PAT NEAL: The return of fire season

“ALL YOU NEED is three days of hot sun,” the old logger said, “to make the woods dry enough to burn.”

By now, we’ve had more than three days of sun and the woods are so dry you can smell the hot fir and spruce pitch.

It’s like a toxic perfume that hints at a danger that is not unlike sitting in a house with a basement full of dynamite.

The history of the Pacific Northwest is a history of fire.

These devastating natural disasters have swept through the country since time immemorial.

The most devastating forest fire the Olympic Peninsula ever saw occurred long before there were any loggers or stump ranchers to blame.

About 120 miles of coastline between Willapa Bay and Lake Ozette burned, leaving standing dead cedars as a witness to this pre-historic disaster.

It may have occurred during the Medieval Warm Period, when from 900-1300 A.D., the Earth’s climate warmed up enough for the Vikings to settle in Greenland.

The Peninsula may have been exceptionally dry.

The fire could have been started by lightning or the Native American practice of setting fires to maintain the prairies where camas was dug and game was lured by the fresh growth.

We’ll never know.

All we know for sure is this cataclysm was followed by an even more devastating disaster, the arrival of the Europeans.

Fires became more frequent.

James Swan described a Fourth of July on Shoalwater Bay in 1855, where the oystermen filled a cedar stump that was 60 feet around and 20 feet tall with dry spruce limbs as part of the celebration.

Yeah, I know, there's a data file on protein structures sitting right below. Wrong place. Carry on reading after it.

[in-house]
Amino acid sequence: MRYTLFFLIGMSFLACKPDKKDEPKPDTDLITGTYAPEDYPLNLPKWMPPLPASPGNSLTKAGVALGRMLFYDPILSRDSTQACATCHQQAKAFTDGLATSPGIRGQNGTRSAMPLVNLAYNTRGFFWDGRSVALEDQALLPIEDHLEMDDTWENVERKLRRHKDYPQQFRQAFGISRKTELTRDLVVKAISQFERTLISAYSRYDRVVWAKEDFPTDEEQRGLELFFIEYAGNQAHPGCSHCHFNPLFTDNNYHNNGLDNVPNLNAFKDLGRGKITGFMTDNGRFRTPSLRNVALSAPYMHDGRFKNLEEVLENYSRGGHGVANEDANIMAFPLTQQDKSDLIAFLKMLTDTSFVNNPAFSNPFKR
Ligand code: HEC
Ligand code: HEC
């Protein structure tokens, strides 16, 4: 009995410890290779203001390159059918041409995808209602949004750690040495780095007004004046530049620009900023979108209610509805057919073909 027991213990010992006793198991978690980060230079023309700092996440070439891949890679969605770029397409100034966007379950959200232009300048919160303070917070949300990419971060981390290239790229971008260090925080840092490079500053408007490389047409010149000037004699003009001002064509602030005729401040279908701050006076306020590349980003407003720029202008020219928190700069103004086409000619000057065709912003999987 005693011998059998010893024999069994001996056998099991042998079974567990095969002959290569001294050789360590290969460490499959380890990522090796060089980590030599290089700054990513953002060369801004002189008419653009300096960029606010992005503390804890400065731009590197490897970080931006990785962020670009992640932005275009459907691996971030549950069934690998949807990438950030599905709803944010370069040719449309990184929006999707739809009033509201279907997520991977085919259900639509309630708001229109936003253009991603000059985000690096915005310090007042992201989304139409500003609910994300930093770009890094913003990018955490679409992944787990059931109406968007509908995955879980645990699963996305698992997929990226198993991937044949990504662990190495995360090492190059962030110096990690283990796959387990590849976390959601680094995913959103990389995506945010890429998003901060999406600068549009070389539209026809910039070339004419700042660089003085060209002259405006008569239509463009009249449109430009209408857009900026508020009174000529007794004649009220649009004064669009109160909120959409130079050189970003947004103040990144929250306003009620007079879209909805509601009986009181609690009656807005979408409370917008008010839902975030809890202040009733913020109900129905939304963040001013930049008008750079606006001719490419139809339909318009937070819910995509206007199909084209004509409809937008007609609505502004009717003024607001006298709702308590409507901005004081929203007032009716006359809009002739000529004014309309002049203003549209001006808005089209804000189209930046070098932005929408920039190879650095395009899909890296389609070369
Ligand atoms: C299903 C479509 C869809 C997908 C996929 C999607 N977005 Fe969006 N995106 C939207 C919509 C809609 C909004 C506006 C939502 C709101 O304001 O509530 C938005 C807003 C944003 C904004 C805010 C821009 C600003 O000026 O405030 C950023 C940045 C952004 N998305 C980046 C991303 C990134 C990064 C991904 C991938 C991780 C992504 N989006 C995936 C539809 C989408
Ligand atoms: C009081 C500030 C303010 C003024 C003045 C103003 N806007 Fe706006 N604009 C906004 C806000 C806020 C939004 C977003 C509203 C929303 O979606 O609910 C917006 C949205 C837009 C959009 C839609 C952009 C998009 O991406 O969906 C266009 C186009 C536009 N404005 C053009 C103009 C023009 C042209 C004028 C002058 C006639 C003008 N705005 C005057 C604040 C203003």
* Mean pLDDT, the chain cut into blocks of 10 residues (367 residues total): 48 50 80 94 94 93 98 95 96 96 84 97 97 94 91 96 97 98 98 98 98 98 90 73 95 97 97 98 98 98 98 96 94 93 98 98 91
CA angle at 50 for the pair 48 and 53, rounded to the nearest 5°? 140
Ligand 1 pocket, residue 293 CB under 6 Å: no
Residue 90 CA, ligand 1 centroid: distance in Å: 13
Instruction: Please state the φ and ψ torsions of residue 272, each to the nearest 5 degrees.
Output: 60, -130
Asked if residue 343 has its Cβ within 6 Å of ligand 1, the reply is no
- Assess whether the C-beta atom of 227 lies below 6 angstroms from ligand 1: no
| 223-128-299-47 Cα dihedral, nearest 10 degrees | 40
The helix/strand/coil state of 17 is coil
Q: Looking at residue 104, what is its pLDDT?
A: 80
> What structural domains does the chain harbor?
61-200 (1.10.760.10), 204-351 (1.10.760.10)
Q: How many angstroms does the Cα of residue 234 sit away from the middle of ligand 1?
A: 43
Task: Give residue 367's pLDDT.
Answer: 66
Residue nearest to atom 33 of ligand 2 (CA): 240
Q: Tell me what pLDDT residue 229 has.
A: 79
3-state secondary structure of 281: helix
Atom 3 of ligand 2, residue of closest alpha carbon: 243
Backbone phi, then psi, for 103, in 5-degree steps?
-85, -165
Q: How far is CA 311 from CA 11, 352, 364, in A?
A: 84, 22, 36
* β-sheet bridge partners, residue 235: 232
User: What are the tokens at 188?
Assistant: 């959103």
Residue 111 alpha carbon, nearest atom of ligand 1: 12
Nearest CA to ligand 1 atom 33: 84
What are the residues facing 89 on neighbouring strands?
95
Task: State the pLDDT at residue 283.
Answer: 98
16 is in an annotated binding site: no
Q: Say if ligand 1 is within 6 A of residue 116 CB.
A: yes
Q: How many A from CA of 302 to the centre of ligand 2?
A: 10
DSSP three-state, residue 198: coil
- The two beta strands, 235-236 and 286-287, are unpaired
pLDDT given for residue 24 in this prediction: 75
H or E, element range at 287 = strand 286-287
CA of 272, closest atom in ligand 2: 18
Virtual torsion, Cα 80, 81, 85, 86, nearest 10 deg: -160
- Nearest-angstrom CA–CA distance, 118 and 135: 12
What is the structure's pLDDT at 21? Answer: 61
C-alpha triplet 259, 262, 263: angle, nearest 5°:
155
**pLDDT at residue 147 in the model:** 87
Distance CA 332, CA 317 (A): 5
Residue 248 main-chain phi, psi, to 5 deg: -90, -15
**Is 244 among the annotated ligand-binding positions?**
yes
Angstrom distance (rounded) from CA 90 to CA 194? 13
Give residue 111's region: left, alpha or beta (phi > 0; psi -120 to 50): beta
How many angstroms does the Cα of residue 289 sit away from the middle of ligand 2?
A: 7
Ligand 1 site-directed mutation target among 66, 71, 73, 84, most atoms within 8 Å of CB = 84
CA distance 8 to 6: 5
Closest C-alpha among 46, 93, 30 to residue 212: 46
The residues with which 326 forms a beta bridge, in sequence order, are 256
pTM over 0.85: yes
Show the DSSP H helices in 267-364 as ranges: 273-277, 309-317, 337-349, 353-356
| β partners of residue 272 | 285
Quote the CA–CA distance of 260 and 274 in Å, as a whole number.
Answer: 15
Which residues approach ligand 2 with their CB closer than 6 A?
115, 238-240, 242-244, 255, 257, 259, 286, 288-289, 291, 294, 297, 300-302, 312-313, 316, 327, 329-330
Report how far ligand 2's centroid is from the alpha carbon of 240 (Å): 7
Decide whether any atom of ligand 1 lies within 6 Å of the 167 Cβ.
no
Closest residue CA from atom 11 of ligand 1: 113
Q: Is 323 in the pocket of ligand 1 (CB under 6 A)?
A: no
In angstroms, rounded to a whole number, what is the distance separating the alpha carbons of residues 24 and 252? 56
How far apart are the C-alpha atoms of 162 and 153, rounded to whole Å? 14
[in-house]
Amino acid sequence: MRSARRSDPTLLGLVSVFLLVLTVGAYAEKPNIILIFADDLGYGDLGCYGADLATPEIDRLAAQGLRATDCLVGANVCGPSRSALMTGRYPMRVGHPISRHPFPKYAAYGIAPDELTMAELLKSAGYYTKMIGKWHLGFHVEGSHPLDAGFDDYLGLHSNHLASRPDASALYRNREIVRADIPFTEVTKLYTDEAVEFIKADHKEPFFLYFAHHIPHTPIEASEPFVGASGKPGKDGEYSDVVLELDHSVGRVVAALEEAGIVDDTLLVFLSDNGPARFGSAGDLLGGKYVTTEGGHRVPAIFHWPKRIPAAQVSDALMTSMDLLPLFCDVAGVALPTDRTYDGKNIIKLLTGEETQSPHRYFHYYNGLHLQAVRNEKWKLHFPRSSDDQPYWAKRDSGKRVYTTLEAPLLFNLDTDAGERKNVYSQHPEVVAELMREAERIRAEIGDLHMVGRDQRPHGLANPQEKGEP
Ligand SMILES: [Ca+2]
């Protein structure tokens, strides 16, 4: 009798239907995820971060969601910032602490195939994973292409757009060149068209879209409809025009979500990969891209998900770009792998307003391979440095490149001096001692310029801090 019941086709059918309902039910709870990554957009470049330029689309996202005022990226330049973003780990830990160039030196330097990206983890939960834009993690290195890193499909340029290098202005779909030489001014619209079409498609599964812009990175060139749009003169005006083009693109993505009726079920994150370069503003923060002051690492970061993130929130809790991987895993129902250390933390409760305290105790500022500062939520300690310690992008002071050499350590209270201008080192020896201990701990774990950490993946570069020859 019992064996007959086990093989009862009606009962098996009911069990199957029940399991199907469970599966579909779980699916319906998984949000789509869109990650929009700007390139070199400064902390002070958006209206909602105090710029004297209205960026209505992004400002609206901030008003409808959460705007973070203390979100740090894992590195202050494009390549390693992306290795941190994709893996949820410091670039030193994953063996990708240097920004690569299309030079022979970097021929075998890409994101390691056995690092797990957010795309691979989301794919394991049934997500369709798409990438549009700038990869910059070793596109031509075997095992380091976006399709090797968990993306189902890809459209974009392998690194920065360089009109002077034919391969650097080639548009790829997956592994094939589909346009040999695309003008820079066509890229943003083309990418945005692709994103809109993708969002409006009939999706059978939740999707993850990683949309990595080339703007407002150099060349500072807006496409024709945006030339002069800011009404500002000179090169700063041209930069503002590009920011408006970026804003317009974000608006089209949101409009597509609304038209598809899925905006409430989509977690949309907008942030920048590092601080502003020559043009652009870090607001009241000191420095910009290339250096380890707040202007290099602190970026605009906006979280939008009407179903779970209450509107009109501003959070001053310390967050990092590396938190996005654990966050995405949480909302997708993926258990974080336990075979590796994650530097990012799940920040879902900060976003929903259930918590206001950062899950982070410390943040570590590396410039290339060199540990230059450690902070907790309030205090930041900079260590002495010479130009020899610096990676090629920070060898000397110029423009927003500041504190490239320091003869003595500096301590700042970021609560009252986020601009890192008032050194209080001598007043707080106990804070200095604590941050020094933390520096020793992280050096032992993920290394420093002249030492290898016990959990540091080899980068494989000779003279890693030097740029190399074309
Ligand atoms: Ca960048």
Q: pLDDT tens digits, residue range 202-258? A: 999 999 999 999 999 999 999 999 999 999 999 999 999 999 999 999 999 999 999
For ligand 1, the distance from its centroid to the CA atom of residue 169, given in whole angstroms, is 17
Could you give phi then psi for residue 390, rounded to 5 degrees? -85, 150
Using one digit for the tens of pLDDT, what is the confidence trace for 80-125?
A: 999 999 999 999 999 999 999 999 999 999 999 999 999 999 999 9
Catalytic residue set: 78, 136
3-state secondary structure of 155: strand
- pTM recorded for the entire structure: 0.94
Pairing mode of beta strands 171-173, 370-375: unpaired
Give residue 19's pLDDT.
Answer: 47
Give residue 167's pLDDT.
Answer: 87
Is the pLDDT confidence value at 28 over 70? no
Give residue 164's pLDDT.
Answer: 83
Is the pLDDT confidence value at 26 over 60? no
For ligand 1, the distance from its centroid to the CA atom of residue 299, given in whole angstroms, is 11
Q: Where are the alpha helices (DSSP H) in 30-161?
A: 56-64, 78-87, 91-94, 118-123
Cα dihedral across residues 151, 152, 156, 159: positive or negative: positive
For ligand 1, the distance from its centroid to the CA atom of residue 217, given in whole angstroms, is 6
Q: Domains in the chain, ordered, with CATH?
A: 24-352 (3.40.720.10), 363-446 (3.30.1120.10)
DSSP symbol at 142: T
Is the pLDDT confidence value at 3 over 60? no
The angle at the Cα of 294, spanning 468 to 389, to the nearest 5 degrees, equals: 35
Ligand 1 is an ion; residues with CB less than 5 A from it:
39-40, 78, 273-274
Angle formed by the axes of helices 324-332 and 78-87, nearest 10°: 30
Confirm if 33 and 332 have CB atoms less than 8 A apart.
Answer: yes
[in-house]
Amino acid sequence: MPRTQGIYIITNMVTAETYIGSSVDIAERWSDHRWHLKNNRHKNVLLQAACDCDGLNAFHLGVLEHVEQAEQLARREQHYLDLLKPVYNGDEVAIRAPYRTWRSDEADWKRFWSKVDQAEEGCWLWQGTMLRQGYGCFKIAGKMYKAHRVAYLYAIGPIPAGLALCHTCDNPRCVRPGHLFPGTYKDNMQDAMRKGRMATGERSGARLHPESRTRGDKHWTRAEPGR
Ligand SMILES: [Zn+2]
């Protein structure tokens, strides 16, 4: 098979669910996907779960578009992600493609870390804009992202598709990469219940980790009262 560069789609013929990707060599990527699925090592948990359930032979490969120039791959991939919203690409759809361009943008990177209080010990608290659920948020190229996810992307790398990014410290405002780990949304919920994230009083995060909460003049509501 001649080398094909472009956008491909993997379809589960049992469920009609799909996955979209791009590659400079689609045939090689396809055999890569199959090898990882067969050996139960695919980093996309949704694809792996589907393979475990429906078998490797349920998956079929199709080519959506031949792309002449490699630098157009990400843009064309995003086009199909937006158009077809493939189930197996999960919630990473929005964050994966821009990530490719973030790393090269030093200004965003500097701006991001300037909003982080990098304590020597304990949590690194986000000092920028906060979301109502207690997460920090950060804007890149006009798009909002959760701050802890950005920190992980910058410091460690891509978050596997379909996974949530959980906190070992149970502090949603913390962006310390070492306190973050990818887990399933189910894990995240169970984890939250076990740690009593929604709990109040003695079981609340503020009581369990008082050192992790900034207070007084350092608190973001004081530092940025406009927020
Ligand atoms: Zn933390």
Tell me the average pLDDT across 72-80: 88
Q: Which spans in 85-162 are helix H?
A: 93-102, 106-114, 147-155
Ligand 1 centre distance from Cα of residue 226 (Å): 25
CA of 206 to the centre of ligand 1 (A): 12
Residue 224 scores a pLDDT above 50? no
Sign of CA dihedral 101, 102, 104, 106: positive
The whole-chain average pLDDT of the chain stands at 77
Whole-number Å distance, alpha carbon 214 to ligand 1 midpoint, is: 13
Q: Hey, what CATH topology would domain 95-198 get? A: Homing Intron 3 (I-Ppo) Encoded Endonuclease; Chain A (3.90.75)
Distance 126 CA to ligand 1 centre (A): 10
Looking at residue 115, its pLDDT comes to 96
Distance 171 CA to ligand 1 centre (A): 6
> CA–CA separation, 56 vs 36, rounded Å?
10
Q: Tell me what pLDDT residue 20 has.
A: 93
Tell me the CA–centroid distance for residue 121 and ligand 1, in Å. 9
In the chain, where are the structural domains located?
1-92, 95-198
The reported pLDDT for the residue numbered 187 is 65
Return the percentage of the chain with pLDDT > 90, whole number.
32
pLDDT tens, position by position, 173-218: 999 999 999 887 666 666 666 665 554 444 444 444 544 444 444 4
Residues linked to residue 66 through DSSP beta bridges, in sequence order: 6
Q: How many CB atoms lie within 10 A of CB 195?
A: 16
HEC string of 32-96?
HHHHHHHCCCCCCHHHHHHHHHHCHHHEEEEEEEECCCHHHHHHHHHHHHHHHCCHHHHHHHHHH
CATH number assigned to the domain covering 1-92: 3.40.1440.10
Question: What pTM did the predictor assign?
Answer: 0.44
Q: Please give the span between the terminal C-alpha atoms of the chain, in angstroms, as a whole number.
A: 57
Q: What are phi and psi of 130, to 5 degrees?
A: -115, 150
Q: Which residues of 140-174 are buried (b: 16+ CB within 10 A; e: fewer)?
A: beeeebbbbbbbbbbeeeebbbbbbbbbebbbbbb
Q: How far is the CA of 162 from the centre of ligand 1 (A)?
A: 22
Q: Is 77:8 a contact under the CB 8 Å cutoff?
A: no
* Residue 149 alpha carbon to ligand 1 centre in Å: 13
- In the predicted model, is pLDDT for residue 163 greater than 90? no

The party agreed they had never had a “pleasanter” Fourth.

The fire burned the surrounding forest until extinguished by the winter rains.

In 1890, a fire above Sequim was started by a homesteader who tried to burn out a neighbor.

The wind shifted and burned west to the hills above Port Angeles.

Old photographs of these towns show bare hills in the background.

In 1891, a homesteader set fire to some logging slash to clear land for a blackberry patch that burned about 3,000 acres between Lake Quinault to Neilton.

These fires were nothing compared to the darkest day in Olympic Peninsula history, Sept. 12, 1902, when the sky went dark at noon from a conflagration burning in Oregon and Washington from the Cascades to the Pacific Ocean.

Known collectively as the Yacolt Burn, it was a perfect firestorm caused by everything from boys burning a hornet’s nest, a locomotive, campers, berry pickers, loggers and lightning.

The Olympic National Forest was created in 1905 to control wildfires with a series of ranger stations, fire lookouts, shelters and fire tool sheds connected by trails and phone lines throughout the Olympic Mountains.

With the completion of Highway 101 between Port Angeles and Forks in 1923, motorists started chucking cigarettes out the window.

That’s how the 12,000-acre Sol Duc Burn of 1926 started west of Lake Crescent, burning 11 miles to Bear Creek in five hours — incinerating trees that had been planted in the previous Sol Duc Burn of 1907.

That was nothing compared to the Forks Fire of Sept. 20, 1951, when buried, smoldering logs from an earlier fire that was supposed to be out were fanned into flames by an east wind that pushed the fire 18 miles west in eight hours.

It burned 38,000 acres and almost incinerated Forks before the wind shifted and saved the town.

Now we’re faced with an early fire season with record temperatures and an east wind.

Be careful.

The forest you save could be your own.


Pat Neal is a Hoh River fishing and rafting guide and “wilderness gossip columnist” whose column appears here every Wednesday.

He can be reached at 360-683-9867 or by email via

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